HEADLINES / TRENDS l STATS l RESEARCH l MEDIA l PEOPLE

October 2004

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Fighting Internet Addiction

As the Internet plays an ever-greater role in our daily lives, it also offers a new way for susceptible people to avoid unpleasant emotions, which can lead to addiction. Unlike treating dependence on drugs, alcohol or gambling, long-term complete withdrawal from the Internet is nearly impossible in the modern world, making Internet addiction challenging to treat.

The drug comparison isn’t off base. Excessive Internet usage “functions as if it were a drug at the neuronal level,” says Josie Oppenheim, MS, a psychoanalyst with the Center for Modern Psychoanalytic Studies in New York City. She cites research that shows reduced levels of dopamine, a pleasure-related brain chemical, resulting from overuse of the Internet (NeuroReport 6/11/2011).

“The computer recreates a feeling of being mirrored by the mother,” says Oppenheim, explaining her theory of why the Internet is so alluring. “The screen is there for us whenever we want it, and it reflects back a version of ourselves we like.”

When does one know that Internet use has crossed the line into addiction? In the American Journal of Psychiatry (3/08), Jerald Block, MD, lists symptoms that include neglect of basic drives while online; feelings of anger, tension or depression when the computer is inaccessible; increasing tolerance, the need for better equipment or more hours of use; and such negative repercussions as lying, poor achievement and social isolation. Erosion of family relationships may also occur.

In serious cases, addiction interferes with life, work or school, says Jamie Simkins, LPC, of the Millennium Counseling Center in Chicago. “It often takes a family member to say there’s a problem.”

Oppenheim believes talking with a well-trained professional is the first step in fighting Internet dependence. ”Just talking to someone about our concerns can feel better than the fantasy world the computer screen offers.”

Some drug and alcohol rehab programs have added Internet addiction teams. Detox involves a complete withdrawal from computers and smartphones. Patients engage in therapy to “figure out what’s at the core of the problem,” says Simkins, “what feelings the addict is trying to avoid.”

Simkins helps recovering addicts leave rehab and integrate new patterns into their lives. “We reintroduce use of Internet devices with a time management piece, looking at what healthy Internet use looks like and what makes sense for the person’s occupation,” she explains. “Then we continue with a weekly therapy session.” Twelve-step programs may be also be helpful.

Among the therapeutic methods Simkins has found effective is Eye Movement Desensitization and Reprocessing (EMDR), which helps stimulate the information-processing part of the brain. Simkins also uses cognitive-behavioral therapy (CBT), which “helps get at the negative thoughts about the self and come up with new ways of thinking and new coping behaviors”—useful tools in recovering from Internet addiction. —Violet Snow

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N U M B E R S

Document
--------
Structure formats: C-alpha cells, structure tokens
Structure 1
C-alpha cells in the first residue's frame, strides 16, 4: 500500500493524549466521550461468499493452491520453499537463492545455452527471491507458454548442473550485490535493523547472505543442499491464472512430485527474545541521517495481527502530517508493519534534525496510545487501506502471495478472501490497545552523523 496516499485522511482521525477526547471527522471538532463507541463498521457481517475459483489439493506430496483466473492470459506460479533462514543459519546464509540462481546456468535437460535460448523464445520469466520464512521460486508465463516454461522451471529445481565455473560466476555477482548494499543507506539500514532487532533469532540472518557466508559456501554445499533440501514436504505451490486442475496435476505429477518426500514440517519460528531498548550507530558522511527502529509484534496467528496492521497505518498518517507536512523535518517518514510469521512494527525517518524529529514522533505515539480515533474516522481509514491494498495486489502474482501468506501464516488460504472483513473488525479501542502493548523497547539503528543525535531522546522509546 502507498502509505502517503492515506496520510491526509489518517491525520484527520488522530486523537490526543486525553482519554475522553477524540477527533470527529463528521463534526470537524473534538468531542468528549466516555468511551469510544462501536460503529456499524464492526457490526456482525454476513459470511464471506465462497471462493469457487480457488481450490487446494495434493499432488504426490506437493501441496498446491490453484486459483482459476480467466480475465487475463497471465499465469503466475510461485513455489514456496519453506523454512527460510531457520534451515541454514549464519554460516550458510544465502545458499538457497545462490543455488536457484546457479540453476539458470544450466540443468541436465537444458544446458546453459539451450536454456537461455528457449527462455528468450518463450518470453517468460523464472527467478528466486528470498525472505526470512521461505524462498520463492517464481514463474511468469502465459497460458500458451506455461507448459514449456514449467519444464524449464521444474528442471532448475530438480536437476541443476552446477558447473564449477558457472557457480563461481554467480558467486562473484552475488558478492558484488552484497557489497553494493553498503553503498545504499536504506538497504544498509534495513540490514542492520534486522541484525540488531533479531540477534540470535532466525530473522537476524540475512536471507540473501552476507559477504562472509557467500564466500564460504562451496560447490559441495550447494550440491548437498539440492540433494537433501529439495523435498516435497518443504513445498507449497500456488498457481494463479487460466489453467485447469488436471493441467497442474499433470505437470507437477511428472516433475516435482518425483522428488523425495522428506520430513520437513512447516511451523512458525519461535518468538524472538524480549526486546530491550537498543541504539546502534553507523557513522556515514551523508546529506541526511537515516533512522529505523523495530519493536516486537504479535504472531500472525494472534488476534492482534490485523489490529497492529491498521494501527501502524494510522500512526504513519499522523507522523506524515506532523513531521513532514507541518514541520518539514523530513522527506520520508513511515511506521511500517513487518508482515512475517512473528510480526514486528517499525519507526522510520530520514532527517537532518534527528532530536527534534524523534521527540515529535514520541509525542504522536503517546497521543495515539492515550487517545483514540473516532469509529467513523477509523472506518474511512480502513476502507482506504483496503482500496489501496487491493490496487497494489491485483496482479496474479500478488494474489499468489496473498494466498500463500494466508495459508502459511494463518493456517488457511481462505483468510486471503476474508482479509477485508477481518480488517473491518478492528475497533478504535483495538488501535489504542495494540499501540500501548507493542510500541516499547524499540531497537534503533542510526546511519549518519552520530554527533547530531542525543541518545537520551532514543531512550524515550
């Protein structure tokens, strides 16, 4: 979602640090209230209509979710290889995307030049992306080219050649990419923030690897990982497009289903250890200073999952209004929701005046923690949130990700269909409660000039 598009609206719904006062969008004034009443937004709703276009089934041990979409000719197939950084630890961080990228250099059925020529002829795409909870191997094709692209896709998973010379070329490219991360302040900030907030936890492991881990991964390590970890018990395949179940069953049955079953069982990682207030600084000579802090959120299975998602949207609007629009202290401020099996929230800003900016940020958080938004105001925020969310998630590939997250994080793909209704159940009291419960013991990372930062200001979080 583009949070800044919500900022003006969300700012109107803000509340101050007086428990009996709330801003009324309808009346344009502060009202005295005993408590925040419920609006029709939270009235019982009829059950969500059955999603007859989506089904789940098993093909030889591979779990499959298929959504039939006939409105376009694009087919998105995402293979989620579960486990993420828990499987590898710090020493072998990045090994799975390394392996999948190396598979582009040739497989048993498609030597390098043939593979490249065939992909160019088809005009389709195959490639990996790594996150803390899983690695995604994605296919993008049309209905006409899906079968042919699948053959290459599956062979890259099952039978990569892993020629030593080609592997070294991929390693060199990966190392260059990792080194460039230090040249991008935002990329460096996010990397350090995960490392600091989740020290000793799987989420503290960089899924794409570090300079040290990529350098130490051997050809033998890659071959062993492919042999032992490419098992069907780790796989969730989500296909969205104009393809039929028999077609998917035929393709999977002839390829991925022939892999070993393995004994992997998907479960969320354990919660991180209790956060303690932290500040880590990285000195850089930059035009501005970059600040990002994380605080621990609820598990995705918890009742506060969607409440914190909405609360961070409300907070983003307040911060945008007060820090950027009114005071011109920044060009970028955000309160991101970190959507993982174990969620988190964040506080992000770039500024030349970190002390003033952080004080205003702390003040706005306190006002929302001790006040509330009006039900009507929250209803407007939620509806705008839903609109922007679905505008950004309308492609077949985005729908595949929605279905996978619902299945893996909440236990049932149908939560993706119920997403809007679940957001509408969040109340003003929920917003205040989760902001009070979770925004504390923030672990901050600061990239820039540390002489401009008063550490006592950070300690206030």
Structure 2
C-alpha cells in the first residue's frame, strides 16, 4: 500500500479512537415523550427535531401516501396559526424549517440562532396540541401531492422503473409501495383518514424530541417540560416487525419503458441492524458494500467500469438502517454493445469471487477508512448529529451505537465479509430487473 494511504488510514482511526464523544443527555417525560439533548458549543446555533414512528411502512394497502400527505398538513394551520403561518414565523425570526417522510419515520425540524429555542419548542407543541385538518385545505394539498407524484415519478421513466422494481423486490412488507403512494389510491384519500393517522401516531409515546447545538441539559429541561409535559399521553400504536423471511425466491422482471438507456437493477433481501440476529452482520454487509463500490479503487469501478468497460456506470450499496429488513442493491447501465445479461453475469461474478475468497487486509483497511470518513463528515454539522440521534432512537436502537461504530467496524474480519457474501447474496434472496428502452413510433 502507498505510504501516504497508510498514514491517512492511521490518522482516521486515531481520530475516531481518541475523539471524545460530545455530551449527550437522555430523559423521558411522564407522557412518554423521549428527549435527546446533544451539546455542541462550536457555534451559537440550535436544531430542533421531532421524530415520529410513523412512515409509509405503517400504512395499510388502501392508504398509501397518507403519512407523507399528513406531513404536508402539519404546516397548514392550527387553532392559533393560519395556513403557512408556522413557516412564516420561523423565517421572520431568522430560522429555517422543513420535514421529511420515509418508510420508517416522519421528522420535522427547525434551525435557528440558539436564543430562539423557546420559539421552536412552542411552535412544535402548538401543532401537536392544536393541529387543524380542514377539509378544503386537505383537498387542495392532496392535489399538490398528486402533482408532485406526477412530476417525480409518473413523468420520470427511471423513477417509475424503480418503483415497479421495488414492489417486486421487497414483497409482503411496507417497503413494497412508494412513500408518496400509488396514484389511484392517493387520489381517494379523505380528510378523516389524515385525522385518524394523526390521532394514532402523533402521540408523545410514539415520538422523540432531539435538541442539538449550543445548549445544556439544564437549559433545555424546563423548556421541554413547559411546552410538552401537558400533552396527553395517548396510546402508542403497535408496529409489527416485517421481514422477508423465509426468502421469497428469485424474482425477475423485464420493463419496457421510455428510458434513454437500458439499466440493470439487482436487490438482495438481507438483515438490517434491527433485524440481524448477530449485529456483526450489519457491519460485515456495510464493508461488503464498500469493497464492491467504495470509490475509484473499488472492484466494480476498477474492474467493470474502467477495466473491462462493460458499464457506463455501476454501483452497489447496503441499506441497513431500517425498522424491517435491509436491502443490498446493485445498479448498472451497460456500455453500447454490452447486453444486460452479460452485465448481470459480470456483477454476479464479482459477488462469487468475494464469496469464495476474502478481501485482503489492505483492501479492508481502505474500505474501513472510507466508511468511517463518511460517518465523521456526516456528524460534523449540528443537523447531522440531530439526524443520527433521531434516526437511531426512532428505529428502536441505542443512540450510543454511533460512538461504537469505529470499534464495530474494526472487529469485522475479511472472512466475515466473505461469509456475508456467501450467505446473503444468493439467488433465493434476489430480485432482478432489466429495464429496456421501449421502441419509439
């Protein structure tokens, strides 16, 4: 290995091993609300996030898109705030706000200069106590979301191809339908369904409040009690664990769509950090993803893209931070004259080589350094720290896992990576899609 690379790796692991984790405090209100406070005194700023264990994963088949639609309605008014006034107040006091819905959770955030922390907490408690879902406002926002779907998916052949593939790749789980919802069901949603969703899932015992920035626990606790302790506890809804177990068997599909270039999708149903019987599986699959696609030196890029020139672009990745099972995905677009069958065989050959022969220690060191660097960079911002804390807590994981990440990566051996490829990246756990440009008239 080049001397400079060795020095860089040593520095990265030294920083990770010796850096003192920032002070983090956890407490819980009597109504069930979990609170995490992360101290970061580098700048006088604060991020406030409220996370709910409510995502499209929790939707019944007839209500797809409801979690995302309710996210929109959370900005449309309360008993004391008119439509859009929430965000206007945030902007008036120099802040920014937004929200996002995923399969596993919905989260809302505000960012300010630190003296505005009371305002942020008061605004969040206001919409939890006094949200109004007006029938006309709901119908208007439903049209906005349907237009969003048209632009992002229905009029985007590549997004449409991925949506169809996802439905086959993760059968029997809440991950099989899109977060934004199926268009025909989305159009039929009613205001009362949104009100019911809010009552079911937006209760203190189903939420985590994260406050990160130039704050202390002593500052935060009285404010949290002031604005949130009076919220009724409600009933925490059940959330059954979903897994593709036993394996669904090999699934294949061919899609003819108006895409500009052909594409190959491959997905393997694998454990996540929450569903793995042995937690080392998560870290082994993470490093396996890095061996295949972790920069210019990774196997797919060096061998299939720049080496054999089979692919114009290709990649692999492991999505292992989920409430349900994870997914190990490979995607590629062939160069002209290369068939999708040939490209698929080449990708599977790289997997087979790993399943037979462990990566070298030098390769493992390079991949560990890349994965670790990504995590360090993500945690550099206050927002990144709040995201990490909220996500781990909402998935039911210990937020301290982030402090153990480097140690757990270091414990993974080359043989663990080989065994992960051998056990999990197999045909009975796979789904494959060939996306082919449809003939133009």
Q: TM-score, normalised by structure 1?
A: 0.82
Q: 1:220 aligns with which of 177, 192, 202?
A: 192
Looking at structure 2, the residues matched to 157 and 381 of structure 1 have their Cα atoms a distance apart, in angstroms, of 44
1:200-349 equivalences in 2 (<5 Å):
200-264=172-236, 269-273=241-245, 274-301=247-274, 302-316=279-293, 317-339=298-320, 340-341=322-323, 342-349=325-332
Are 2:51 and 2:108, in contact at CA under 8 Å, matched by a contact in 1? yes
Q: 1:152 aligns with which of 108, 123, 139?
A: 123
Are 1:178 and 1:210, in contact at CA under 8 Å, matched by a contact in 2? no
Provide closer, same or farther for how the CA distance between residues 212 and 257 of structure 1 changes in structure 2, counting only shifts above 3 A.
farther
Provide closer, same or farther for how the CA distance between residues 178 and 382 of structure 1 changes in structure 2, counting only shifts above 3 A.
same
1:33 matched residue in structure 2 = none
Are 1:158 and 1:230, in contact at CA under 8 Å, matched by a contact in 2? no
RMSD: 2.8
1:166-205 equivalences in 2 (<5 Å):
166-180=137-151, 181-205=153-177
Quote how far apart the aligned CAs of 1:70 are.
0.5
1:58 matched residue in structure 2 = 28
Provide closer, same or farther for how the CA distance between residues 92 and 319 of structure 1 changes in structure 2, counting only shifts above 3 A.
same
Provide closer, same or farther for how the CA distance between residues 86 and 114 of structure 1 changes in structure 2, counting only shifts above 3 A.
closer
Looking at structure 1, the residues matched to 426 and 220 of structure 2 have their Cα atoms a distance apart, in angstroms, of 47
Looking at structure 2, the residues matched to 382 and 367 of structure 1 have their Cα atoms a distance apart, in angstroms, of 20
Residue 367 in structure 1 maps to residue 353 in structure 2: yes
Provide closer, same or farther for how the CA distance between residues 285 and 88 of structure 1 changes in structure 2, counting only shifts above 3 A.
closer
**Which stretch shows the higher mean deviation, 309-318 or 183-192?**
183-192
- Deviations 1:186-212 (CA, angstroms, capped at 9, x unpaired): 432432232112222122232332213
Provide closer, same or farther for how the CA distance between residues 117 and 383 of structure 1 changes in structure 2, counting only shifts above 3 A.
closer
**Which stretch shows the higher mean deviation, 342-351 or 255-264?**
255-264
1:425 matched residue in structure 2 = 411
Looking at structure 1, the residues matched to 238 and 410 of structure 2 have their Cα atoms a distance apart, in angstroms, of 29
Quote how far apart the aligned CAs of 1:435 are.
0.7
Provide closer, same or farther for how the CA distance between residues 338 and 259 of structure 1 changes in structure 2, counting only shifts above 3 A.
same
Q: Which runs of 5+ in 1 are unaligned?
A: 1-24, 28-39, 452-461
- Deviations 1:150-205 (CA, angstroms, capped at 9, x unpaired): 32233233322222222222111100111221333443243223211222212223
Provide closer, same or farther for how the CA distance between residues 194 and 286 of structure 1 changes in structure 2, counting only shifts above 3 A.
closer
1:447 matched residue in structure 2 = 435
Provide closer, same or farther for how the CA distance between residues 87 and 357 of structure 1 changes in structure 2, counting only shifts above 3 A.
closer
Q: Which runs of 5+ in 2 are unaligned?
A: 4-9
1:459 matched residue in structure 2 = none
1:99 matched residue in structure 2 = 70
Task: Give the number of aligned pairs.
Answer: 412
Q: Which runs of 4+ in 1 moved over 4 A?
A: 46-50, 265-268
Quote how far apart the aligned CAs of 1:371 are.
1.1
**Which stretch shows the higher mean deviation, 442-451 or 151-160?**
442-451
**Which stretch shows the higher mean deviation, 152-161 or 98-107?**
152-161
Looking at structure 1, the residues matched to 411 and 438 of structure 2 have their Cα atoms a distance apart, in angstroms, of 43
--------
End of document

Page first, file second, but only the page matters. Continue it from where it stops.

Good News on Air Pollution

84%

Reduction in air levels of lead, known to harm the brain, over recent decades

66%

Reduction in benzene, which causes anemia and other blood problems

3 Million

Tons per year—the total reduction in various air pollutants

Source: US Environmental Protection Agency

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SKIN & BEAUTY UPDATE

Childhood Sunscreen

Cuts Melanoma Risk

Our July/August story “Here Comes the Sun” discussed natural sunscreen ingredients. Using such products not only protects against signs of accelerated skin aging, such as dark spots and dryness, but also defends against skin cancer. And while many skin tumors are not life-threatening, the American Cancer Society reports that approximately 76,100 Americans develop an aggressive form called melanoma each year—and more than 9,700 die from it.

Now a study from the Texas Biomedical Research Institute in San Antonio, published in the journal Pigment Cell and Melanoma, confirms the importance of consistent sunscreen use from an early age.

Researchers used the gray short-tailed opossum, a South American marsupial that provides a suitable model of human melanoma development. Applying sunscreen to infant opossums resulted in a tenfold reduction in precancerous lesions compared with control animals, even when ultraviolet exposure wasn’t enough to produce sunburn.

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MALADY MAKEOVER UPDATE

Tick Bites Pass

Multiple Infections

In our July/August story “Tiny Threats,” we met people who suffered from persistent infections with Lyme disease, passed via bites from the Ixodes scapularis tick. The story mentioned that these ticks can carry other infective organisms such as babesia, which causes a red blood cell infection marked by fever and chills.

Now a study from New York state confirms how prevalent these coexisting infections truly are.
Felicia Keesing, PhD, is a biology professor at Bard College in Dutchess County, which has one of the highest rates of Lyme disease in the US. In study results published in PLoS One, Keesing found that about 10% of the ticks she collected harbor two distinct diseases, both of which can be passed to a person in a single bite.

“If you have been exposed to Lyme disease, there’s a one-in-three chance that you’ve been exposed to something else at the same time,” she says. “Those are pretty high odds.”

Infections that occur together, such as Lyme disease and babesiosis, tend to produce more severe symptoms.

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